New York Personal Injury Law Blog » ad damnum clause, Personal Injury


May 12th, 2008

Jet Blue Hit With Toilet Lawsuit (Updated)

Another day, another idiot. I see the headline, “NY man sues airline over flight spent in toilet,” with a demand for two million bucks, and all I can think is, Did the tort ‘reformers’ pay them to do that?

It isn’t even Christmas yet. Not even close. And yet there seems to be this compulsion to hand gifts to corporate protectionists trying to slam the courthouse doors closed.

The basic facts of the story are that the plaintiff was allowed to board a packed Jet Blue flight, but was then told he had to sit in the toilet for the second half because a flight attendant needed his seat. While the facts seem ludicrous, I’ll give the guy the benefit of the doubt for the moment that someone effed up by putting one too many people on board, and that he deserves compensation of some kind (and that the FAA should investigate). If everything he says about the facts were true, as reported in the newspaper, a free ticket or two would certainly be in order. That’s why we have Small Claims Court.

My beef is with the idiotic demand for millions for “extreme humiliation” in New York’s Supreme Court.

Where do I start? How about here: The lawyers who brought this suit don’t do personal injury law for a living. How do I know this? Easy. They sued for $2,000,000 for personal injuries. Except that every personal injury attorney in New York, or at least every one that does this on any kind of regular basis, knows that New York banned the practice of monetary demands in personal injury suits years ago. (See: New York Cleans Up Claims Act)

So after getting the big tip off that this firm didn’t practice personal injury law, I logged on the court’s computers to double check. The suit was brought by a firm called Akin & Smith. And if you check their web site you will see that they practice in the field of employment and discrimination suits. I see nothing about personal injury. [See Update 1 below]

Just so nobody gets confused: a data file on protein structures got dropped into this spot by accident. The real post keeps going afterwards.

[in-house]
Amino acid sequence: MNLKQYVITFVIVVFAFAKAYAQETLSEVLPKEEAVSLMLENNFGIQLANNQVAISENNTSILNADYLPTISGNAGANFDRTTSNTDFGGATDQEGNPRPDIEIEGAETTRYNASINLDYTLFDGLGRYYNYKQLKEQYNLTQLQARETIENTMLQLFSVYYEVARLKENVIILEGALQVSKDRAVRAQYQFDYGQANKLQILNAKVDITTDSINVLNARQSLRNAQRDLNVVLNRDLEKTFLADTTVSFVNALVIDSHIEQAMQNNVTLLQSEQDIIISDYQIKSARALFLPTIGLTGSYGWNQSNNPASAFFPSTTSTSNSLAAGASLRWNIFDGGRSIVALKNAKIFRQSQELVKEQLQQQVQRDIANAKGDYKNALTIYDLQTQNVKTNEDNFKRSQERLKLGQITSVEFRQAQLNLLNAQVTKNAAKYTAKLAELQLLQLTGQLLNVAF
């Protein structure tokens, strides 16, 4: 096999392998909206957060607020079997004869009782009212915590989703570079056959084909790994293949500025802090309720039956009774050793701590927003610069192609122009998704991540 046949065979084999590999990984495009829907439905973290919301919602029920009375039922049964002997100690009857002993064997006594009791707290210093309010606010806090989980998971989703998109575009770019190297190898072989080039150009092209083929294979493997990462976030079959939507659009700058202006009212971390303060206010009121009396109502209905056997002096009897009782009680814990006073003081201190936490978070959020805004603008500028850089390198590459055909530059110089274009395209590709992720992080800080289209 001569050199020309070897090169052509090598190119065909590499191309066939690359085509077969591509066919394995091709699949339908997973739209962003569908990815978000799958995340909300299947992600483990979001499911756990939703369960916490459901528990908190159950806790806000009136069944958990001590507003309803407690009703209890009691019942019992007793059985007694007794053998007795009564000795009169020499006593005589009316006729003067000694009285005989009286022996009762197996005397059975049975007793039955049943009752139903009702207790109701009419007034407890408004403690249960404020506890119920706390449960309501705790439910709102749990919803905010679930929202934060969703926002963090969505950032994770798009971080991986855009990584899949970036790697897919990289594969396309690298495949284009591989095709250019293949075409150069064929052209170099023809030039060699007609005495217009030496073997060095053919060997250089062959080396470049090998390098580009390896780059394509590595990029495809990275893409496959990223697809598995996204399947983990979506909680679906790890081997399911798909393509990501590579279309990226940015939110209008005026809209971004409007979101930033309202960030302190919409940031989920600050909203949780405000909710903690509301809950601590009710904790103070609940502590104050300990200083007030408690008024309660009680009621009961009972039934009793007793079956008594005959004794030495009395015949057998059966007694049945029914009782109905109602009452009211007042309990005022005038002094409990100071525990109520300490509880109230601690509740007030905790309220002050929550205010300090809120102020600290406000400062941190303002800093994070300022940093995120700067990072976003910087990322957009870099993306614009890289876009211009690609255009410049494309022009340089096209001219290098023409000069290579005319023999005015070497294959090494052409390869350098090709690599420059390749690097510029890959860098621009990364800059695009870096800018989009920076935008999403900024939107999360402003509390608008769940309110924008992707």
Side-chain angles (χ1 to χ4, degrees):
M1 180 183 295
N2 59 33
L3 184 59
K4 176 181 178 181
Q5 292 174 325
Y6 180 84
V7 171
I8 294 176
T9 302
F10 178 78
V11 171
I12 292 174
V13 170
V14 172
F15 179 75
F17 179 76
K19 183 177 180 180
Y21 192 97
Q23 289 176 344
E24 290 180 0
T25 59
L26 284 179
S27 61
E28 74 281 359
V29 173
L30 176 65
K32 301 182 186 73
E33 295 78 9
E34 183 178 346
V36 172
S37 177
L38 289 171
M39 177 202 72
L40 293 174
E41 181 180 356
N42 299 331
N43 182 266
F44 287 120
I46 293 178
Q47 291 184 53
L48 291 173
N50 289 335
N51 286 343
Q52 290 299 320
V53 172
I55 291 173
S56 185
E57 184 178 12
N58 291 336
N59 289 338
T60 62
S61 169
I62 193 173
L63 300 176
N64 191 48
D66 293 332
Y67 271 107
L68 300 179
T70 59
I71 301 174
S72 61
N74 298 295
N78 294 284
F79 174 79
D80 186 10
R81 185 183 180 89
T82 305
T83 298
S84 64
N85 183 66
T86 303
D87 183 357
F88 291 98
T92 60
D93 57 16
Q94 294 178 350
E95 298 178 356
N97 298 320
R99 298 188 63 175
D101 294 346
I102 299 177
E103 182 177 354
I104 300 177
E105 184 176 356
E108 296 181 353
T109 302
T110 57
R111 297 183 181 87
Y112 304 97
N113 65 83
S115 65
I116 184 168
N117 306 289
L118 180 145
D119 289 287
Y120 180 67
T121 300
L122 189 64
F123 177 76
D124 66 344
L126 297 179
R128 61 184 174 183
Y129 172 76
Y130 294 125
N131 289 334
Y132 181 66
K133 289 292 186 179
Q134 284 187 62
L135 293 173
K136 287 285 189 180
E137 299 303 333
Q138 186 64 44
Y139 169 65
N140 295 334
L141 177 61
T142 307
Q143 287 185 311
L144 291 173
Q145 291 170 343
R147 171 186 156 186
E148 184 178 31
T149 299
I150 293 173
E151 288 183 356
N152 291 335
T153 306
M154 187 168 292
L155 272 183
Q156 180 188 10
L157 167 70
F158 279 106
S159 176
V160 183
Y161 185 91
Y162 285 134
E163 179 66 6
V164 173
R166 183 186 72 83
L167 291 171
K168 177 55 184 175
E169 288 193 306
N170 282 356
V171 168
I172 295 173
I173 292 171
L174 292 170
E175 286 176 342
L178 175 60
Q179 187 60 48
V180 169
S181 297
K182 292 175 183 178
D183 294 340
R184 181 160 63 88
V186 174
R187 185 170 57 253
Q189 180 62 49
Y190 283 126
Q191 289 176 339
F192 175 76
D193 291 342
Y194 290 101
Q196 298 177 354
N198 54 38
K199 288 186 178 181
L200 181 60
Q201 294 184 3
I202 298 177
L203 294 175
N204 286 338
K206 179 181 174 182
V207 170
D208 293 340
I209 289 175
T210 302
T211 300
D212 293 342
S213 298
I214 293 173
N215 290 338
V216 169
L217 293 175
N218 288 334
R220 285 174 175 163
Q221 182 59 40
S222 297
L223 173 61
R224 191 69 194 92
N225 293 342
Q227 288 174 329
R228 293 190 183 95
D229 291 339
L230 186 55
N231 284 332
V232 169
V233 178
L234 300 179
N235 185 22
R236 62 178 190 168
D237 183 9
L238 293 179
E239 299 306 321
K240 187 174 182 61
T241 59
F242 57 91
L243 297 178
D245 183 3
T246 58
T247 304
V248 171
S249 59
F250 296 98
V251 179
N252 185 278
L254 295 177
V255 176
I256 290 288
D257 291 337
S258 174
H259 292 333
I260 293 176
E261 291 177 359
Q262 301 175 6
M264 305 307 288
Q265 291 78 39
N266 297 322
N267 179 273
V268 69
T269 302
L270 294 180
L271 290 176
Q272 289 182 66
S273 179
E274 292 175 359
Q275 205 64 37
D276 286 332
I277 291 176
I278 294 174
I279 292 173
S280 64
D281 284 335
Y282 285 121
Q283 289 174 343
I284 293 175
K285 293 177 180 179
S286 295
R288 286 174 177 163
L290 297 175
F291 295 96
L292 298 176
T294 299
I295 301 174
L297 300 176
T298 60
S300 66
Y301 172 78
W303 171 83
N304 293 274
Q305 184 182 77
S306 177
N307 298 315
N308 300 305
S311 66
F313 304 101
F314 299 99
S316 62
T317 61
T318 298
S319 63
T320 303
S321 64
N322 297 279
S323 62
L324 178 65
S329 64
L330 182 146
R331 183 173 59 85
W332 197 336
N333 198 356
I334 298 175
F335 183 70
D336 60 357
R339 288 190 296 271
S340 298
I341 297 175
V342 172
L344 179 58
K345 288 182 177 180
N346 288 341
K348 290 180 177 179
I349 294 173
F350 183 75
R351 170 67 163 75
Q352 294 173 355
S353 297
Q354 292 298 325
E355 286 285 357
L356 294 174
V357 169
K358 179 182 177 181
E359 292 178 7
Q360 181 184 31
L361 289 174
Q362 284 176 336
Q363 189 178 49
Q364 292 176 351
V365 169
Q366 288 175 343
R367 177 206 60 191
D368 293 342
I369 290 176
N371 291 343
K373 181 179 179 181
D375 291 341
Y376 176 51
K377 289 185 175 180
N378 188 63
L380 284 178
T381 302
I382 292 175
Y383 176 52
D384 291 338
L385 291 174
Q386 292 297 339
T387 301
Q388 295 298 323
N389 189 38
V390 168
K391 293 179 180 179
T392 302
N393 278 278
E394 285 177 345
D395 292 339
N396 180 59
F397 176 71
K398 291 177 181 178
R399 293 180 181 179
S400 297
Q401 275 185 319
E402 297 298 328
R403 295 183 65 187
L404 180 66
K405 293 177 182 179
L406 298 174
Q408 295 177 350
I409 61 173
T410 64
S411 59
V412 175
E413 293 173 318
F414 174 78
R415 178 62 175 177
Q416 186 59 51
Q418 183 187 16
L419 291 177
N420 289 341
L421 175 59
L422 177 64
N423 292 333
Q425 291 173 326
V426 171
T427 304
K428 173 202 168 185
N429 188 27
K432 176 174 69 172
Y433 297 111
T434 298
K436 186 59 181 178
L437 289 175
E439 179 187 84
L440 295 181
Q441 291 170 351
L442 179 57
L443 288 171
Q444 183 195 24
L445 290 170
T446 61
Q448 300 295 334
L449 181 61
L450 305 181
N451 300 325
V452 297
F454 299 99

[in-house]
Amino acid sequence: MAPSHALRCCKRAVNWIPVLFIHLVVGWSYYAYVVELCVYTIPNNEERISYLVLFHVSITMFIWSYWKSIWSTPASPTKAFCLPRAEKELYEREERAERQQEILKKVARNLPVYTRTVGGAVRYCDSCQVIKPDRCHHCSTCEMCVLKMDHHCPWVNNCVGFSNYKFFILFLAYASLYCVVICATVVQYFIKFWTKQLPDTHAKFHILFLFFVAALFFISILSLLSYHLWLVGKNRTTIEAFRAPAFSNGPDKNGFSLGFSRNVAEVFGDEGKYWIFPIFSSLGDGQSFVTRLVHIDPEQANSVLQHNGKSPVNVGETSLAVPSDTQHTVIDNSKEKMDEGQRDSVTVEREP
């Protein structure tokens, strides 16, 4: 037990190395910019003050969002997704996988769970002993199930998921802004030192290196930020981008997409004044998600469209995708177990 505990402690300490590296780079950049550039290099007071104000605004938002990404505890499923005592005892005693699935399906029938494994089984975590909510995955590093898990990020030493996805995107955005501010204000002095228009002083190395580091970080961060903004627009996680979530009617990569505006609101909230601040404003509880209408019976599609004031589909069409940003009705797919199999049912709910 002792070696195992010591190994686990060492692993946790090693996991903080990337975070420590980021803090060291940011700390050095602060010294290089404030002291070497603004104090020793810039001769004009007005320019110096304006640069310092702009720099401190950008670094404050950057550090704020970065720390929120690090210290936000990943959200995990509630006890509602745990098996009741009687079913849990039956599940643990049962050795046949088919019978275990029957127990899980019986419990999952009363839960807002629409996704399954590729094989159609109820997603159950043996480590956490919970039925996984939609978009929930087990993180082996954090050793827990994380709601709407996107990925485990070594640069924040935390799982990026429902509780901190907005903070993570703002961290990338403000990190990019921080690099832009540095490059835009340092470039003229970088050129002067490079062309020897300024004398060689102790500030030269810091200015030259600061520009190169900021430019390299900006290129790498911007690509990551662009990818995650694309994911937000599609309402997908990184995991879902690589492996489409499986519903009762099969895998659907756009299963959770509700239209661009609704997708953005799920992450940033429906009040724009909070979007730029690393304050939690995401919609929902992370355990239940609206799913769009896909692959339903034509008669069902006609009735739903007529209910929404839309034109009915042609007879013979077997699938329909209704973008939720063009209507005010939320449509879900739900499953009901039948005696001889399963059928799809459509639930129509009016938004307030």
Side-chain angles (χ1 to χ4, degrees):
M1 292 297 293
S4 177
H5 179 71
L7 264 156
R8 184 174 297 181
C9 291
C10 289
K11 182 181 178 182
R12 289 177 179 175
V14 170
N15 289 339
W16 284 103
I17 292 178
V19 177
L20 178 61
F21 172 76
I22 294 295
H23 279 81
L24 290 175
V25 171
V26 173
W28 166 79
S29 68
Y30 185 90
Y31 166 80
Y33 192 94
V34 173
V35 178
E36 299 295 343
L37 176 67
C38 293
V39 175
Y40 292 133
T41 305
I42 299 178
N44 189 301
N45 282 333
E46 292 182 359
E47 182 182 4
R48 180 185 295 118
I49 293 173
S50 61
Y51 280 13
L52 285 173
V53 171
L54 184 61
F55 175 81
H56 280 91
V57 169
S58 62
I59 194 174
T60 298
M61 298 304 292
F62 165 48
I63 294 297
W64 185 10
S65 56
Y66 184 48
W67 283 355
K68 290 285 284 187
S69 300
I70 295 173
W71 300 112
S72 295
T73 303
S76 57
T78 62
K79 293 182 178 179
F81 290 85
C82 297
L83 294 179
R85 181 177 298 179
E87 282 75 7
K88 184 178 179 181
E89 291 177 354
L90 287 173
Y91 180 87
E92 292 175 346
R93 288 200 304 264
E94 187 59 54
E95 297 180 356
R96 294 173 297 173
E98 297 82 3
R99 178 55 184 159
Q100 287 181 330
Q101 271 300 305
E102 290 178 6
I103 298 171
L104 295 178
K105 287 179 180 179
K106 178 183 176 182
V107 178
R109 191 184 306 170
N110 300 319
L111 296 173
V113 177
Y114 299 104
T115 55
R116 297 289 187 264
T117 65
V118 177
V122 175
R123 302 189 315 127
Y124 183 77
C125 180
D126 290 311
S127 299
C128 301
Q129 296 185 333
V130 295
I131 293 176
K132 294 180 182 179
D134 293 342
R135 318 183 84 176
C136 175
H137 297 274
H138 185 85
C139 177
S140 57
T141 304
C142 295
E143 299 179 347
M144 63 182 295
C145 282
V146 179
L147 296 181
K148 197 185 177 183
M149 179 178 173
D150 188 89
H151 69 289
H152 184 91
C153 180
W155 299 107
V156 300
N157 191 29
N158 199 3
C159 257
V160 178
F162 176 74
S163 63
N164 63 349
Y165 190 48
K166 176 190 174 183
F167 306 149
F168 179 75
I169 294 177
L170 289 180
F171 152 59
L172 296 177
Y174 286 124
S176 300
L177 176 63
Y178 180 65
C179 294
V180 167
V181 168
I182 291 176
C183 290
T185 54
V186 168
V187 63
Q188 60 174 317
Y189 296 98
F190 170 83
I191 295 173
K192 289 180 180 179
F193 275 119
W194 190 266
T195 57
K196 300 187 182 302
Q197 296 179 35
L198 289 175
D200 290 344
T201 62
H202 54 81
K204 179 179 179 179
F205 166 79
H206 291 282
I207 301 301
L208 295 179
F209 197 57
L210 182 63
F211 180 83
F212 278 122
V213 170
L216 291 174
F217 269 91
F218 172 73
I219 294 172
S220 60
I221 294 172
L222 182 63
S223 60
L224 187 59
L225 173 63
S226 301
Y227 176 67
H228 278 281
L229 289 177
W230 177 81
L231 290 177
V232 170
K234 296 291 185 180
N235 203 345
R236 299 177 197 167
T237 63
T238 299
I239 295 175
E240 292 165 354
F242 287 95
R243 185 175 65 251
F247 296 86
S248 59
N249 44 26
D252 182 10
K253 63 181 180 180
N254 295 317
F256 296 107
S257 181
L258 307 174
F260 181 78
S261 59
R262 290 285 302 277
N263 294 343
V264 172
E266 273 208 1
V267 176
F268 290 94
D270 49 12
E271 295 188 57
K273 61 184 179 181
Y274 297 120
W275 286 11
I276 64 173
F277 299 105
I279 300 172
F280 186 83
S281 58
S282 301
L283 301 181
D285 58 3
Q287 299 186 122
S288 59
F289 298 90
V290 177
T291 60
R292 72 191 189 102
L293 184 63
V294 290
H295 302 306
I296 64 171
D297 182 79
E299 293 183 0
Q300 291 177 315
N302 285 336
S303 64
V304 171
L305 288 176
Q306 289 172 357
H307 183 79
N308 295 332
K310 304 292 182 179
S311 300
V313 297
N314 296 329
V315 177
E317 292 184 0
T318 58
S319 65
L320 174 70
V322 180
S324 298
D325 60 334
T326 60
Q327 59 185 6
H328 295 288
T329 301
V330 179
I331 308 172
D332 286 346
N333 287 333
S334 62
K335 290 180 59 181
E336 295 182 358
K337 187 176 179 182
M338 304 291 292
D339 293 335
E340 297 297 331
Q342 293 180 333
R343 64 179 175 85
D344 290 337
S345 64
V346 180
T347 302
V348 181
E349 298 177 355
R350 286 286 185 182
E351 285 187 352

Hey guys, thanks a lot for helping to smear those of us that actually practice in this arena. Really, we appreciate it. I have three cases coming up for trial for people whose lives have been profoundly altered by negligence, and now I have to hear jurors talk about crap like this?

If this guy sues JetBlue for extreme humiliation for what they did to him, can attorneys who actually know what they are doing sue him for what he has done to us?

Update 1 — 5/15/08: It seems I missed the mark on whether this firm does personal injury work. I recieved this email about the firm from Louis J. Schepp:

You talk about the plaintiff’s attorneys, Akin & Smith as not doing personal injury work. During my days (29 years) at Liberty Mutual, I had dealings, in the last few years, with this firm in cases involving personal injury in both State and Federal Court. They do a sufficient amount of personal injury work, that they should know the rules about ad damnums, but may have wanted to get the press that large ad damnums bring.

On the other hand they may have wanted to start the clock on removal as soon as possible. Putting the ad damnum in the complaint is good strategy, (the statute does not provide any real penalty for putting it in) as it starts the time running on Federal court removal. I had a number of cases that I removed to Federal court, that I would not have been able to do so, if the ad damnum had been in the complaint, since the 30 day time limit is unforgiving.

Update 2: JetBlueLoo Follow-Up: What Really Happened? (5/15/08)
Link is via TinyURL redirect, so their website doesn’t benefit from any Pagerank as a result of this post.

Photo credit: From Wikimedia Commons

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